I love this idea of not only a story about sisters, but also being thrown into the Underworld. Vial of Tears is nonstop action from the very beginning. If you are intrigued by this idea, a story about sacrifice, then you need to check this one out. Keep reading this book review for my full thoughts.
Sixteen-year-old sisters Samira and Rima aren’t exactly living the dream. Instead, they live with their maddeningly unreliable mother in a rundown trailer in Michigan. Dad’s dead, money’s tight, and Mom disappears for days at a time. So when Sam’s grandfather wills her the family valuables–a cache of Lebanese antiquities–she’s desperate enough to try pawning them before Mom can.
But she shouldn’t. Because one is cursed, forbidden, the burial coin of a forgotten god. Disturbing it condemns her and Rima to the Phoenician underworld, a place of wicked cities, burning cedar forests, poisoned feasts of milk and lemons, and an endless, windless ocean.
Nothing is what it seems. No one is who they say. And down here, the night never ends.
To get home–and keep her sister safe–Sam will have to outwit beautiful shapeshifters, pose as a royal bride, sail the darkest sea… and maybe kill the god of death himself.
(Disclaimer: I received this book from the publisher. This has not impacted my review which is unbiased and honest.)
One of my favorite elements of Vial of Tears has to be this mix of ancient and modern. We don’t spend that much time with Sam before she is whisked off to the Underworld. But throughout the story, this mix of modern notions of love and family, consistently come into conflict and conversation with the Phoenician Underworld. My other favorite element had to be the action and intrigue. As I said, Vial of Tears feels like constant action.
It’s easy to get swept away in wondering if Sam and Rima are going to be reunited. If they can survive this new setting and challenges. Seeing the world from Sam’s perspective, we can feel her fear and uncertainty. It means that this thread of wonder and dread in the pit of your stomach, pulls you through Vial of Tears. Additionally, it’s a story of a fractured family and an ancient secret. While I wanted to keep reading, I wished that there had been more emphasis on the family/sister aspect.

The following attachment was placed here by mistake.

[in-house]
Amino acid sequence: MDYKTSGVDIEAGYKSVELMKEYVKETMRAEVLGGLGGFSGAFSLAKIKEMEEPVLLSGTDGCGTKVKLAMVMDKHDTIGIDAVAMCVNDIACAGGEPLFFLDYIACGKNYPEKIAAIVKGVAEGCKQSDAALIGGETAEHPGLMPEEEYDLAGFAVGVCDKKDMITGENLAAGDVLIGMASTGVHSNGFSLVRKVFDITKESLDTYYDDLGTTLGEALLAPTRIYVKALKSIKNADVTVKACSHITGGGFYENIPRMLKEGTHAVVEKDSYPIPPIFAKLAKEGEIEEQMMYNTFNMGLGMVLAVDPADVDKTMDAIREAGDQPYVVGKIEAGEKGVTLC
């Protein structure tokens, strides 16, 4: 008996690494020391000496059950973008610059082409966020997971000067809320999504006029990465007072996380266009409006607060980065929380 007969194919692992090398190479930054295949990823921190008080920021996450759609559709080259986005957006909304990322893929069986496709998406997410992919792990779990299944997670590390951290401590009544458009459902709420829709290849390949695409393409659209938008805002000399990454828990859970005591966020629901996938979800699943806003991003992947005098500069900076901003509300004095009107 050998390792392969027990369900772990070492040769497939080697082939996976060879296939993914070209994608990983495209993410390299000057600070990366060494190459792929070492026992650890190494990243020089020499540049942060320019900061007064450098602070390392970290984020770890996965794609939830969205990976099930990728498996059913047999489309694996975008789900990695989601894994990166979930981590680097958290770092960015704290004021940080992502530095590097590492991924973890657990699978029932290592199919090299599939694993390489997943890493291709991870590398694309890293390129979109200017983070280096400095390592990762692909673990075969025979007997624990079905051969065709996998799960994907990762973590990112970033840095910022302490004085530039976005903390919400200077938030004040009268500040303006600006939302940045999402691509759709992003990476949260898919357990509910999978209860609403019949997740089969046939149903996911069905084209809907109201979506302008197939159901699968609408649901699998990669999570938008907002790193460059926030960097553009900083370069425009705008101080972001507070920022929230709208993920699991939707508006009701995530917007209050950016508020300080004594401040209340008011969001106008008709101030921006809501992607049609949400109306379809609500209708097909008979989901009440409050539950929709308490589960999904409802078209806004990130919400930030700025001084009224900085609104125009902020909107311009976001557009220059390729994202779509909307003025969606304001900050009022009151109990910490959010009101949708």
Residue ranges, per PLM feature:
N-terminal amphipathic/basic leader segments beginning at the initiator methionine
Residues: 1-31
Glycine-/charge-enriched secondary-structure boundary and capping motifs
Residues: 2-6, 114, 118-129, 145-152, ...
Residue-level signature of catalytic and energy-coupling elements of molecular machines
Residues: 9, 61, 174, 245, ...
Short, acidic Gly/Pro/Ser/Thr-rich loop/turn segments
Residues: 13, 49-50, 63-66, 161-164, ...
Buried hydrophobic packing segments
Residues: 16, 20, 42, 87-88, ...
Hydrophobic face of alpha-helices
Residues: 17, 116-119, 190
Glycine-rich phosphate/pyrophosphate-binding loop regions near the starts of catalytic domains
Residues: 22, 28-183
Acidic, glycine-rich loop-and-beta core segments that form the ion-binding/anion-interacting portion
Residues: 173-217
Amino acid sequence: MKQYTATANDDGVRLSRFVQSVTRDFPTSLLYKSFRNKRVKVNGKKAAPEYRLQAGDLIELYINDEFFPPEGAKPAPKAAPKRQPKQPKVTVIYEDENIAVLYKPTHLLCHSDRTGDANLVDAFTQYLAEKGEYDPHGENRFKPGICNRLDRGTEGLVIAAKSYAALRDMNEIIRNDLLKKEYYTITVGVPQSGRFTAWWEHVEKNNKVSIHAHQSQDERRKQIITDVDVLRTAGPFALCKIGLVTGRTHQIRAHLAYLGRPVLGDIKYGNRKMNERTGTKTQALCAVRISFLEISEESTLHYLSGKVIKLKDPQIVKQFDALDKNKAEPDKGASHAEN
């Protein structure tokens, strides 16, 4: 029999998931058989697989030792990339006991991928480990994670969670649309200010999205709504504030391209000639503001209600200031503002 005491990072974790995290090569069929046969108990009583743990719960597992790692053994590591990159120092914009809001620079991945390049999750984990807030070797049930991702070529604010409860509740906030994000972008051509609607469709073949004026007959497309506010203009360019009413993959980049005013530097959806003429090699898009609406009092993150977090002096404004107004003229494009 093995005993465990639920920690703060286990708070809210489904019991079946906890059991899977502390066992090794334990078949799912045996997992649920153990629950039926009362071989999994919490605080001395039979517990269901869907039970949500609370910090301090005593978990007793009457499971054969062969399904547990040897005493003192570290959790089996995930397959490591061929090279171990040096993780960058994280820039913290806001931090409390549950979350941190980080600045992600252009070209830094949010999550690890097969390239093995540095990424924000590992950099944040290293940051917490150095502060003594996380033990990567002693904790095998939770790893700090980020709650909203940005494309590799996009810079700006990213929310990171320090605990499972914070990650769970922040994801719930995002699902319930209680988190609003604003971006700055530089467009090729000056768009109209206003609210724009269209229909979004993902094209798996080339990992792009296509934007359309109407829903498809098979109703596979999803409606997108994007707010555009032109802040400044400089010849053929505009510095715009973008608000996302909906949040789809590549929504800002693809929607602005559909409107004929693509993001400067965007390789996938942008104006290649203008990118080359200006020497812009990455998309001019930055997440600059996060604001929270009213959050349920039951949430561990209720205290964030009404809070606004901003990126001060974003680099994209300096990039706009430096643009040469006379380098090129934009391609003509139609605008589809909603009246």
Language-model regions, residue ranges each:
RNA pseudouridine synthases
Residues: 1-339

The sister relationship was one of my main draws to Vial of Tears. And while that was a central motivation in the story, I wish there had been more interactions and experiences together. While I understand the action, maybe if there had been more memories or flashbacks? I just wanted to fall in love with both Sam and Rima. At the end, I felt like I barely knew Rima and I just wanted to root for her the whole time. Additionally, I wish there had been more with her mother. Even though there was a bit more of her family secrets towards the end, I just felt like it was an element that needed a bit more.
That being said, I did enjoy Vial of Tears. It’s a truly unique book with its premise and action. I felt thoroughly transported to somewhere entirely new not only to me, but also to the other YA fantasy books. I think my main problem might have been my expectations. Vial of Tears is a YA fantasy adventure that examines our responsibilities and sacrifices. If you love the premise, then this is a must read! Find Vial of Tears on Goodreads, Amazon, Indiebound, Bookshop.org & The Book Depository.